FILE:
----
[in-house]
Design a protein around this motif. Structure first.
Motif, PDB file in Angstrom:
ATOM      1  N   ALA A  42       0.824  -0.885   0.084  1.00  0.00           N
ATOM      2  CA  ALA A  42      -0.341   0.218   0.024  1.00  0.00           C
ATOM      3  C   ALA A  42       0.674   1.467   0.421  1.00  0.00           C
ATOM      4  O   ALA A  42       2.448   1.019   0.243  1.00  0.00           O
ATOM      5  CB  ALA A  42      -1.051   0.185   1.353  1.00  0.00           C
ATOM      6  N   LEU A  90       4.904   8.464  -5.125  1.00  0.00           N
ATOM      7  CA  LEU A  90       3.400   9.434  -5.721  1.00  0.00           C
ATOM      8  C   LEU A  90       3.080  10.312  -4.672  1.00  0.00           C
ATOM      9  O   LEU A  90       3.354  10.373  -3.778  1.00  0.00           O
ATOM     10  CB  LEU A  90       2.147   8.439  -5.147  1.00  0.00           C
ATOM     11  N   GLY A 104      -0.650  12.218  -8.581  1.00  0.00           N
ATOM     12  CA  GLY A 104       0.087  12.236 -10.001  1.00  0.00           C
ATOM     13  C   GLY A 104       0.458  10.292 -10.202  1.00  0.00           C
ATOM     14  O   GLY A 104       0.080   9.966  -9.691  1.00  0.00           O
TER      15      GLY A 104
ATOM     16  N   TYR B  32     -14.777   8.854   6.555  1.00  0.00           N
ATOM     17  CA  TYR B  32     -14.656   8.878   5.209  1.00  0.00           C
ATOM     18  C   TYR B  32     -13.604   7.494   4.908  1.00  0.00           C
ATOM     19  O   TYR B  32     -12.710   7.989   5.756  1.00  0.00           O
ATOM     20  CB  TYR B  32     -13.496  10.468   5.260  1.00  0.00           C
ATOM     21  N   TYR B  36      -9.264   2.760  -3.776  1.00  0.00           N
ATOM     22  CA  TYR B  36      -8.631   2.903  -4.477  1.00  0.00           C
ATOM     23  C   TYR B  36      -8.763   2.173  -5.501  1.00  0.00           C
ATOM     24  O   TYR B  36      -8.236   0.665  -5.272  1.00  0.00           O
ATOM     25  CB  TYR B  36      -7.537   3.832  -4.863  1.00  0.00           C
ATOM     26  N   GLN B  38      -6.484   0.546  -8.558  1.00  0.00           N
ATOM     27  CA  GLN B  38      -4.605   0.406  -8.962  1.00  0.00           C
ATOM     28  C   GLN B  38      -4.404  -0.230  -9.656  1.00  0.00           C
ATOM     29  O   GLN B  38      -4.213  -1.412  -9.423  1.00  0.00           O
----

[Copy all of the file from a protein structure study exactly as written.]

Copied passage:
[in-house]
Design a protein around this motif. Structure first.
Motif, PDB file in Angstrom:
ATOM      1  N   ALA A  42       0.824  -0.885   0.084  1.00  0.00           N
ATOM      2  CA  ALA A  42      -0.341   0.218   0.024  1.00  0.00           C
ATOM      3  C   ALA A  42       0.674   1.467   0.421  1.00  0.00           C
ATOM      4  O   ALA A  42       2.448   1.019   0.243  1.00  0.00           O
ATOM      5  CB  ALA A  42      -1.051   0.185   1.353  1.00  0.00           C
ATOM      6  N   LEU A  90       4.904   8.464  -5.125  1.00  0.00           N
ATOM      7  CA  LEU A  90       3.400   9.434  -5.721  1.00  0.00           C
ATOM      8  C   LEU A  90       3.080  10.312  -4.672  1.00  0.00           C
ATOM      9  O   LEU A  90       3.354  10.373  -3.778  1.00  0.00           O
ATOM     10  CB  LEU A  90       2.147   8.439  -5.147  1.00  0.00           C
ATOM     11  N   GLY A 104      -0.650  12.218  -8.581  1.00  0.00           N
ATOM     12  CA  GLY A 104       0.087  12.236 -10.001  1.00  0.00           C
ATOM     13  C   GLY A 104       0.458  10.292 -10.202  1.00  0.00           C
ATOM     14  O   GLY A 104       0.080   9.966  -9.691  1.00  0.00           O
TER      15      GLY A 104
ATOM     16  N   TYR B  32     -14.777   8.854   6.555  1.00  0.00           N
ATOM     17  CA  TYR B  32     -14.656   8.878   5.209  1.00  0.00           C
ATOM     18  C   TYR B  32     -13.604   7.494   4.908  1.00  0.00           C
ATOM     19  O   TYR B  32     -12.710   7.989   5.756  1.00  0.00           O
ATOM     20  CB  TYR B  32     -13.496  10.468   5.260  1.00  0.00           C
ATOM     21  N   TYR B  36      -9.264   2.760  -3.776  1.00  0.00           N
ATOM     22  CA  TYR B  36      -8.631   2.903  -4.477  1.00  0.00           C
ATOM     23  C   TYR B  36      -8.763   2.173  -5.501  1.00  0.00           C
ATOM     24  O   TYR B  36      -8.236   0.665  -5.272  1.00  0.00           O
ATOM     25  CB  TYR B  36      -7.537   3.832  -4.863  1.00  0.00           C
ATOM     26  N   GLN B  38      -6.484   0.546  -8.558  1.00  0.00           N
ATOM     27  CA  GLN B  38      -4.605   0.406  -8.962  1.00  0.00           C
ATOM     28  C   GLN B  38      -4.404  -0.230  -9.656  1.00  0.00           C
ATOM     29  O   GLN B  38      -4.213  -1.412  -9.423  1.00  0.00           O